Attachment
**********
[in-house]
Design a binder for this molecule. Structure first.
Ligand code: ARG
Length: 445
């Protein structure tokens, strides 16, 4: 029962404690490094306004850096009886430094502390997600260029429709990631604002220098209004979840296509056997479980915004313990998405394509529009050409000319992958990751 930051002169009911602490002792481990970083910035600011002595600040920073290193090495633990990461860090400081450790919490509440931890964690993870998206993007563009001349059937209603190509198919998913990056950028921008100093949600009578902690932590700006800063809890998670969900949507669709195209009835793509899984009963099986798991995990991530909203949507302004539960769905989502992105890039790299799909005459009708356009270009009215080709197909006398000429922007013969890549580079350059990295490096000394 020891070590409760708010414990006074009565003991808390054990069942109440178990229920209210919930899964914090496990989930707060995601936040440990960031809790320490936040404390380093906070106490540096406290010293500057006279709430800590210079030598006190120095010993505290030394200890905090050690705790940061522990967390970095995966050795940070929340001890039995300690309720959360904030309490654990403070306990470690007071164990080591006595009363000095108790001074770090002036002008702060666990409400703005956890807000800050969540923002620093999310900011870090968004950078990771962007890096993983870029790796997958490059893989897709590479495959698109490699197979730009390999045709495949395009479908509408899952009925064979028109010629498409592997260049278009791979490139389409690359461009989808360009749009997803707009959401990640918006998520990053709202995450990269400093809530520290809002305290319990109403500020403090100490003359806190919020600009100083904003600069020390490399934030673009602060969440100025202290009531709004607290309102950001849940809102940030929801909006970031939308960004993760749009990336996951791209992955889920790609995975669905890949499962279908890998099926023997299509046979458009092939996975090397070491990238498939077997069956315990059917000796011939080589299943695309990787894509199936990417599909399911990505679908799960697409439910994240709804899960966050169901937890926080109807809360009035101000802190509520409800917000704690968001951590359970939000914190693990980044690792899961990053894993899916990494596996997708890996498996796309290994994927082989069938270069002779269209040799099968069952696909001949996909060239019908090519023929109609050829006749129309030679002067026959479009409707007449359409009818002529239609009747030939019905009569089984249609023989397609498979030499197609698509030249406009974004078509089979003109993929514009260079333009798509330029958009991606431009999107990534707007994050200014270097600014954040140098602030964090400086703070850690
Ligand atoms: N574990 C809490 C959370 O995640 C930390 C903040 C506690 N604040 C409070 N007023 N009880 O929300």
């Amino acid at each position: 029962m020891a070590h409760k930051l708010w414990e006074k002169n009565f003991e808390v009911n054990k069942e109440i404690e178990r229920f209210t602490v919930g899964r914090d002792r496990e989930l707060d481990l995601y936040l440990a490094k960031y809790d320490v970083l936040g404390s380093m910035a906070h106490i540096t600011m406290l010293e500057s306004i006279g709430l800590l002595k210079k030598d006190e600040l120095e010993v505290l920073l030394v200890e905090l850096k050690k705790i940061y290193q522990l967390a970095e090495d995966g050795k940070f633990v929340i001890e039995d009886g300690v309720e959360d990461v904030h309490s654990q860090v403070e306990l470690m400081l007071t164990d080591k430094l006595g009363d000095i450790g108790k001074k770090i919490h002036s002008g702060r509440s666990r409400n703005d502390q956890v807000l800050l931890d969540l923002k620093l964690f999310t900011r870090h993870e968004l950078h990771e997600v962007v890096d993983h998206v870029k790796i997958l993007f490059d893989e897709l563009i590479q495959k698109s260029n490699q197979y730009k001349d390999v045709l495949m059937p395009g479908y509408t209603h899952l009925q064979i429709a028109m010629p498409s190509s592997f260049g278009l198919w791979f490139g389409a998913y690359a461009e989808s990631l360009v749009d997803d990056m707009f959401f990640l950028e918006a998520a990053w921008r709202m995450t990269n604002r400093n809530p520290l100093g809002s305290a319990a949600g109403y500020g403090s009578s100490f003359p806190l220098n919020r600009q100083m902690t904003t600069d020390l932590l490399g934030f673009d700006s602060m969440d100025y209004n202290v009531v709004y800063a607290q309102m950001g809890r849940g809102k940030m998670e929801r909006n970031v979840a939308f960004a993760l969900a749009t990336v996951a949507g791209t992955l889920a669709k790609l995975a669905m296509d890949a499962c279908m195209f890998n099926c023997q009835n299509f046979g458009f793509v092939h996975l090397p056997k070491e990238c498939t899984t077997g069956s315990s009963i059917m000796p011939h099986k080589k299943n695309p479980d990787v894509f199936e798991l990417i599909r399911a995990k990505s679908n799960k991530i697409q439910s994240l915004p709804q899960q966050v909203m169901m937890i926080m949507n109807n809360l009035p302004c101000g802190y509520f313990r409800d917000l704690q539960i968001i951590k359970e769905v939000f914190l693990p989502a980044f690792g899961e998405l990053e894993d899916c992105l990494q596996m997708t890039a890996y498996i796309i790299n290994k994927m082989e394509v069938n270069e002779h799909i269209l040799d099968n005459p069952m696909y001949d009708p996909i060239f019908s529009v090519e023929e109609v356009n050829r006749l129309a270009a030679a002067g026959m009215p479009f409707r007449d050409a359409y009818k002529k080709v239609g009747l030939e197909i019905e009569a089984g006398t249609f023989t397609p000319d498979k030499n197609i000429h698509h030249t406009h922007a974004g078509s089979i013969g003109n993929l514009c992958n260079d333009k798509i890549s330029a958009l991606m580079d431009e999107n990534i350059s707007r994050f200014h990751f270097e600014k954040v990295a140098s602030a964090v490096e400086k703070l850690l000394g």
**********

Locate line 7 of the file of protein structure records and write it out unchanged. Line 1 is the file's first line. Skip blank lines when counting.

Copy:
């Amino acid at each position: 029962m020891a070590h409760k930051l708010w414990e006074k002169n009565f003991e808390v009911n054990k069942e109440i404690e178990r229920f209210t602490v919930g899964r914090d002792r496990e989930l707060d481990l995601y936040l440990a490094k960031y809790d320490v970083l936040g404390s380093m910035a906070h106490i540096t600011m406290l010293e500057s306004i006279g709430l800590l002595k210079k030598d006190e600040l120095e010993v505290l920073l030394v200890e905090l850096k050690k705790i940061y290193q522990l967390a970095e090495d995966g050795k940070f633990v929340i001890e039995d009886g300690v309720e959360d990461v904030h309490s654990q860090v403070e306990l470690m400081l007071t164990d080591k430094l006595g009363d000095i450790g108790k001074k770090i919490h002036s002008g702060r509440s666990r409400n703005d502390q956890v807000l800050l931890d969540l923002k620093l964690f999310t900011r870090h993870e968004l950078h990771e997600v962007v890096d993983h998206v870029k790796i997958l993007f490059d893989e897709l563009i590479q495959k698109s260029n490699q197979y730009k001349d390999v045709l495949m059937p395009g479908y509408t209603h899952l009925q064979i429709a028109m010629p498409s190509s592997f260049g278009l198919w791979f490139g389409a998913y690359a461009e989808s990631l360009v749009d997803d990056m707009f959401f990640l950028e918006a998520a990053w921008r709202m995450t990269n604002r400093n809530p520290l100093g809002s305290a319990a949600g109403y500020g403090s009578s100490f003359p806190l220098n919020r600009q100083m902690t904003t600069d020390l932590l490399g934030f673009d700006s602060m969440d100025y209004n202290v009531v709004y800063a607290q309102m950001g809890r849940g809102k940030m998670e929801r909006n970031v979840a939308f960004a993760l969900a749009t990336v996951a949507g791209t992955l889920a669709k790609l995975a669905m296509d890949a499962c279908m195209f890998n099926c023997q009835n299509f046979g458009f793509v092939h996975l090397p056997k070491e990238c498939t899984t077997g069956s315990s009963i059917m000796p011939h099986k080589k299943n695309p479980d990787v894509f199936e798991l990417i599909r399911a995990k990505s679908n799960k991530i697409q439910s994240l915004p709804q899960q966050v909203m169901m937890i926080m949507n109807n809360l009035p302004c101000g802190y509520f313990r409800d917000l704690q539960i968001i951590k359970e769905v939000f914190l693990p989502a980044f690792g899961e998405l990053e894993d899916c992105l990494q596996m997708t890039a890996y498996i796309i790299n290994k994927m082989e394509v069938n270069e002779h799909i269209l040799d099968n005459p069952m696909y001949d009708p996909i060239f019908s529009v090519e023929e109609v356009n050829r006749l129309a270009a030679a002067g026959m009215p479009f409707r007449d050409a359409y009818k002529k080709v239609g009747l030939e197909i019905e009569a089984g006398t249609f023989t397609p000319d498979k030499n197609i000429h698509h030249t406009h922007a974004g078509s089979i013969g003109n993929l514009c992958n260079d333009k798509i890549s330029a958009l991606m580079d431009e999107n990534i350059s707007r994050f200014h990751f270097e600014k954040v990295a140098s602030a964090v490096e400086k703070l850690l000394g």